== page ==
by Justin Guay via Sierra Club’s Compass Blog
I’ve recently seen a few articles that claim that historically low coal consumption in the United States doesn’t mean much because dramatic growth in global coal consumption is inevitable.
Assertions like these rely on mind-boggling (and admittedly scary) global coal-consumption growth rates. But, for all the scary numbers, analysts are missing the writing on the wall about coal development around the world: Widespread grassroots opposition, dramatically rising costs, and increasingly competitive alternatives threaten “the inevitable.” It’s time to take a closer look, because international coal is far riskier than you might think.
First, what happens in the U.S. does matter globally. Given that the developing world has based its current plans on what the Western world has done, do we really think they aren’t paying attention to what we are doing now? That’s exactly why historic standards like the EPA’s carbon-pollution rule have a cascading effect by demonstrating to the rest of the world that coal is not the right fuel source for modern countries (something the dramatic ramp-up in clean energy investment in China clearly shows).
What do developing countries see when they look to the West today? In the United States, plans for 168 new coal-fired power plants have been abandoned, and another 100 existing plants are scheduled for retirement due in large part to increased financial and environmental costs as well as intense grassroots opposition. The handful that have sneaked through have raised rates by as much as 30 percent because they simply aren’t competitive in today’s energy market. As a result, coal-fired power generation has fallen to its lowest share of overall generation in the past 35 years. Things are so bad for coal that fully constructed coal plants are being mothballed because they can’t compete.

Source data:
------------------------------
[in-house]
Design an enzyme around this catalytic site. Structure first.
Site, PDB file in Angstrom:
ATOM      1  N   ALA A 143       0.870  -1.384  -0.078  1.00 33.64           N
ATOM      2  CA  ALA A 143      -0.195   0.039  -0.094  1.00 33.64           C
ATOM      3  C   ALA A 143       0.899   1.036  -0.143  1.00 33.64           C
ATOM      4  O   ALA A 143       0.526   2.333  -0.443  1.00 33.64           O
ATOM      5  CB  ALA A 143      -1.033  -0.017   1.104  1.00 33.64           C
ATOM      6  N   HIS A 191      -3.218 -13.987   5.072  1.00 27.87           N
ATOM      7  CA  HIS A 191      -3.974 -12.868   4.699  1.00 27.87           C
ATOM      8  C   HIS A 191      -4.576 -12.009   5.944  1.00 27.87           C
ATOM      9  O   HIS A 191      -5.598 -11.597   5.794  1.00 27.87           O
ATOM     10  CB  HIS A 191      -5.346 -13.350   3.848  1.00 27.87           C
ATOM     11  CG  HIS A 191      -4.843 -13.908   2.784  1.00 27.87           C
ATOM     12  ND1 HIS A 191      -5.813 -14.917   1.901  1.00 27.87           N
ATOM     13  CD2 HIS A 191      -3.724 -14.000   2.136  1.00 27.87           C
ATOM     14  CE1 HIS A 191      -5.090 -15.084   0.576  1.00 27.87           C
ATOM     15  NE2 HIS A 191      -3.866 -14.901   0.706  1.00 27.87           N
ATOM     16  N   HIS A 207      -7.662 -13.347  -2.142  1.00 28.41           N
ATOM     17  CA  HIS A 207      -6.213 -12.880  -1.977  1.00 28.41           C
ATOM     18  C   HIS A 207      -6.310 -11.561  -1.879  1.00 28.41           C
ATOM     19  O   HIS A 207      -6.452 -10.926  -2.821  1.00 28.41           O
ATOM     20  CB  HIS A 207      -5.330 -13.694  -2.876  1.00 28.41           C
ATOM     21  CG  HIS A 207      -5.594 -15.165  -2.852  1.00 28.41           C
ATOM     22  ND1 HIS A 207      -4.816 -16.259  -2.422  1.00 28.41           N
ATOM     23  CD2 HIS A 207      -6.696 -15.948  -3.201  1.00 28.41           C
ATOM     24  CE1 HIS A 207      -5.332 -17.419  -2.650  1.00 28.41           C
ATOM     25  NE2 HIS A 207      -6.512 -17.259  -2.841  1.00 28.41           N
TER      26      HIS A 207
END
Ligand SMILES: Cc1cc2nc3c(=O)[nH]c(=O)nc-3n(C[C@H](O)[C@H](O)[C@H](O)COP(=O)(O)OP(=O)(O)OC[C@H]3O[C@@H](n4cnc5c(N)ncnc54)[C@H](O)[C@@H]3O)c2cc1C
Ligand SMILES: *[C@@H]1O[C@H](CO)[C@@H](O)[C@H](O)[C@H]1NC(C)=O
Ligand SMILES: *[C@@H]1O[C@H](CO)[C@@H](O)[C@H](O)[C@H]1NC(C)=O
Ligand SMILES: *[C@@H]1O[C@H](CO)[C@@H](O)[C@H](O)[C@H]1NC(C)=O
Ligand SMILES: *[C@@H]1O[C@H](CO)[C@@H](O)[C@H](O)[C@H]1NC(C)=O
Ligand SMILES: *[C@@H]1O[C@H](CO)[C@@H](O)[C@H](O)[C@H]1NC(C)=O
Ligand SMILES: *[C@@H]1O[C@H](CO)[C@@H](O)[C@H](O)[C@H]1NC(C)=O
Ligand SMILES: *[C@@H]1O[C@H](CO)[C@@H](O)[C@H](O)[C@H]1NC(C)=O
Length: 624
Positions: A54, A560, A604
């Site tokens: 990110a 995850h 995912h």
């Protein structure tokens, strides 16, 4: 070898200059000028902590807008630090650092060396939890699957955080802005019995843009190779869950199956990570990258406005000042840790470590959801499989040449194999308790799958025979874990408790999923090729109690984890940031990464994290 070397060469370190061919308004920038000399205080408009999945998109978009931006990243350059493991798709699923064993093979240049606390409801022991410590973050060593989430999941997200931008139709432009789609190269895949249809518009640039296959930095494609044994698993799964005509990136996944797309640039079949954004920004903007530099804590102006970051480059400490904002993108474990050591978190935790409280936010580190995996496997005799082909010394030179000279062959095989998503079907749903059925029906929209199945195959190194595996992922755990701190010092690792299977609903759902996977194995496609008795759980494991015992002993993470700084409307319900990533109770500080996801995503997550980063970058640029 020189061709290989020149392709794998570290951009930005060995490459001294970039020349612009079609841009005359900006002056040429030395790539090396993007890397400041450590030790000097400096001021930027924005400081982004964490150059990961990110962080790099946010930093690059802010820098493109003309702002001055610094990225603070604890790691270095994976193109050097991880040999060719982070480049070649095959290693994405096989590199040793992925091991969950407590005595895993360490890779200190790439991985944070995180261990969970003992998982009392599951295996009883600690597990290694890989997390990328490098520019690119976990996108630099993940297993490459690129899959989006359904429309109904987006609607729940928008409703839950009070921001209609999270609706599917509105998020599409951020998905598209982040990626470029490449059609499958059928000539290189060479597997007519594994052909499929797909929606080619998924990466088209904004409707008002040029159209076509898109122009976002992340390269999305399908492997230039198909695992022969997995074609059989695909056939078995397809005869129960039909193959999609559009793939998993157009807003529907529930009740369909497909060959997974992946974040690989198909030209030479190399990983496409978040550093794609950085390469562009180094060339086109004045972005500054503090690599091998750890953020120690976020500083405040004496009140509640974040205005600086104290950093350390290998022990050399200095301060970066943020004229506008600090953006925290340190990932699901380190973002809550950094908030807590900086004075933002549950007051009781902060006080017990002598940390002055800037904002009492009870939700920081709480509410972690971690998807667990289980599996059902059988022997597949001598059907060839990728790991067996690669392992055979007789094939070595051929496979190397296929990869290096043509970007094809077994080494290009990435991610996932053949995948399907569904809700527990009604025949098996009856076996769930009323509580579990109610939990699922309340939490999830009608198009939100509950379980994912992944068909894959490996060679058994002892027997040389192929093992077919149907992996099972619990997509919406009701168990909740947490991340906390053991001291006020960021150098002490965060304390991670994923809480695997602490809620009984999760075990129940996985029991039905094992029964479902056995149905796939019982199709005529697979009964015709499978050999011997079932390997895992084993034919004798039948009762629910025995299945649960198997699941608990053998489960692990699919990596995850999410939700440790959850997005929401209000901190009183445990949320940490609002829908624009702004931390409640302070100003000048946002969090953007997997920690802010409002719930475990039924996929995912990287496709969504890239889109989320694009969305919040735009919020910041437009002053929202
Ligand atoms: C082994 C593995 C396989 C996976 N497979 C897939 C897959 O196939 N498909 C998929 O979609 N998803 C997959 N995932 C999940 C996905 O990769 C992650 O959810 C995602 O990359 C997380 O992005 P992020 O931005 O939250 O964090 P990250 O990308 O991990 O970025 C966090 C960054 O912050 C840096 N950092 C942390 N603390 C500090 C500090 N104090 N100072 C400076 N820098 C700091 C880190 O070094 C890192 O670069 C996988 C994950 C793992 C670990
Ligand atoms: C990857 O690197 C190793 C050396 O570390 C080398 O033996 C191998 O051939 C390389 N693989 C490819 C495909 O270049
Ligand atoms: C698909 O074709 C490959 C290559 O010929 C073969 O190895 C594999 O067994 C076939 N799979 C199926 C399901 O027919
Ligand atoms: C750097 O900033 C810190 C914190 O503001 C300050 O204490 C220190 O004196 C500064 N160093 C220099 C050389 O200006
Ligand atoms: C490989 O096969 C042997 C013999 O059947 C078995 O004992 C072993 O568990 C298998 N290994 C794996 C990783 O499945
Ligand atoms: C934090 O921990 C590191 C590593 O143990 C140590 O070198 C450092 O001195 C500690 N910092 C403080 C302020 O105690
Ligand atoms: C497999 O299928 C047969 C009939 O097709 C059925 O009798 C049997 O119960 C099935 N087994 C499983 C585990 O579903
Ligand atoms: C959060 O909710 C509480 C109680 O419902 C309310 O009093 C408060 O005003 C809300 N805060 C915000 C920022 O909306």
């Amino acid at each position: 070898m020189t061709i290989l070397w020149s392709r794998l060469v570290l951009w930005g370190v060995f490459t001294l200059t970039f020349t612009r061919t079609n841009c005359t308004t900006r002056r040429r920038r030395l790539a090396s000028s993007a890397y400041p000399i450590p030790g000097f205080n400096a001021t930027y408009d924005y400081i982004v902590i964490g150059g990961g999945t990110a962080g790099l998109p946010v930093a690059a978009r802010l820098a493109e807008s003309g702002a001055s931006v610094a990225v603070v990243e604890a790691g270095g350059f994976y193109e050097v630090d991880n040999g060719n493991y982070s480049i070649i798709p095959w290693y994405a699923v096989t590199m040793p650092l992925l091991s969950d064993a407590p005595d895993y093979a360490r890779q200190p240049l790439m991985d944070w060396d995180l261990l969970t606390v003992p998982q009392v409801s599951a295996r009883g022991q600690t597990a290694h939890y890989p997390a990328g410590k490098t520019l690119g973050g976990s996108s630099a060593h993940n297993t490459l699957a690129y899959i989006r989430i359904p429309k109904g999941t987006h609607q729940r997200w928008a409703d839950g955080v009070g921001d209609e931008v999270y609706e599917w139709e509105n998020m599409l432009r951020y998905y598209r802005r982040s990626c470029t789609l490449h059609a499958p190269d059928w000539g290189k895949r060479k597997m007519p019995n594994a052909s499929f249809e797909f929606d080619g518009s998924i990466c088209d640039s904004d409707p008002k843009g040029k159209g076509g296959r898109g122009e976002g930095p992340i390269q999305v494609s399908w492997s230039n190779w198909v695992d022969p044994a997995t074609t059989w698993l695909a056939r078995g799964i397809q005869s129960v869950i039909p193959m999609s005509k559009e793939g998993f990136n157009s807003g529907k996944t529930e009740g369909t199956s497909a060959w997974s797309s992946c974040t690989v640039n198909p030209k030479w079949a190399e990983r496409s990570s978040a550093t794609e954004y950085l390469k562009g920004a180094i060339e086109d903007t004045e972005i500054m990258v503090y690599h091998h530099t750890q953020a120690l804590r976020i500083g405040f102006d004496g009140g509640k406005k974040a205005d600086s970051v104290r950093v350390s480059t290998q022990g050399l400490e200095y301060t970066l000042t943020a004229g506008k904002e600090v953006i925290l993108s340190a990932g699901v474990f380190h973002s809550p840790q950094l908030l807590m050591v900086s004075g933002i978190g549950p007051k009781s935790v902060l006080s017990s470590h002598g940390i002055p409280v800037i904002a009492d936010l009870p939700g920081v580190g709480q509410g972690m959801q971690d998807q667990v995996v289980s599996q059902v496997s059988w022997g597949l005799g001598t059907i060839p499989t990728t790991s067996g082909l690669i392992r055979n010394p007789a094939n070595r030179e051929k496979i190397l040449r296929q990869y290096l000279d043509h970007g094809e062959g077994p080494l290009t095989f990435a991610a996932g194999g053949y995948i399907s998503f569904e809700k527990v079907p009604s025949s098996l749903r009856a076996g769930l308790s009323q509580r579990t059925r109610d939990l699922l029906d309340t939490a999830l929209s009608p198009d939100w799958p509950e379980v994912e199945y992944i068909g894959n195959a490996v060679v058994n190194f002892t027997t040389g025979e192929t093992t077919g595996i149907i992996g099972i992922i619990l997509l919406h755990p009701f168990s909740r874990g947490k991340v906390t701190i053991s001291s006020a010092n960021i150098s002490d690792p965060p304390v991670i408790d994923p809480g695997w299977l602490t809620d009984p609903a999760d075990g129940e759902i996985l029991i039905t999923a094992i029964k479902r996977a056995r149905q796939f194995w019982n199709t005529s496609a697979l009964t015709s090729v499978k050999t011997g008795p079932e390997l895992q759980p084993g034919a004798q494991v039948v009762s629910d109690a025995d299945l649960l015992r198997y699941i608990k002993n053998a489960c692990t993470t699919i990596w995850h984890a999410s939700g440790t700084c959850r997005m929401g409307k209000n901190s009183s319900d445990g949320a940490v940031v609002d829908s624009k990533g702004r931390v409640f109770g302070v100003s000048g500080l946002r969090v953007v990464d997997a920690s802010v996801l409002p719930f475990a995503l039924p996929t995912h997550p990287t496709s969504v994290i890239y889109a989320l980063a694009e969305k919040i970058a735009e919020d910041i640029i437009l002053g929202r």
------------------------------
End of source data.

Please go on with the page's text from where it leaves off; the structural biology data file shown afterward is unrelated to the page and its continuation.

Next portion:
What many people don’t realize is that the same thing is happening in Europe. Coal’s share of generation has declined from 39.4 percent to 25.7 percent over the past 20 years. Of the 120 coal fired power plants proposed in Europe in 2007, none have been brought to the construction stage. In 2011, clean energy accounted for 71 percent of the new electricity capacity in the European Union, while another 22 percent was natural gas-fired generation. That’s overwhelmingly not coal. The heart of this revolution is Germany, which now aims to generate 100 percent of its power from clean-energy sources by 2050 — and is well on the way to meeting that goal.
If developing countries are paying attention to what’s going on in the US and EU you can bet they are paying attention to international coal markets, which can really only be described in one word: risky. The truth is new coal plants are experiencing huge cost over runs as initial estimates are woefully out of date and international steam coal prices skyrocket. Add to that mounting local opposition and you have a very similar recipe for moving beyond coal as you do in the U.S. and the E.U.
The best example of this is India where an enormous pipeline including 720 GW of new coal plants has been proposed. Nowhere is the narrative of coal inevitability more poignant than there. The problem is reality doesn’t match the rhetoric.
Across India, a battle is being waged in opposition to this vast pipeline by determined local opposition who are being met with violent repression. But despite the odds they are winning. Last year a 4GW coal plant was scrapped due to farmer protest. Then came Sompeta where a few thousand villagers stood up to corrupt politicians and businesses to stop a proposed project. Then came Kutch and on and on…
Where grassroots pressure is not enough, harsh economic realities are. A full-fledged coal crisis has hit India resulting from domestic coal shortages, skyrocketing international coal prices, and a wave of subprime coal loans so great that Indian banks worry it poses systemic default risk.
It’s quite clear that what now defines coal markets globally is risk. These risks are wide ranging — from grassroots opposition to soaring fuel prices — and they are not easily mitigated. To believe a new era of coal is upon us in the face of these risks is to close one’s eyes to the reality of the global coal market.
Justin Guay is the Associate Washington Representative for the Sierra Club’s International Program. This piece was originally published at the Sierra Club and was reprinted with permission.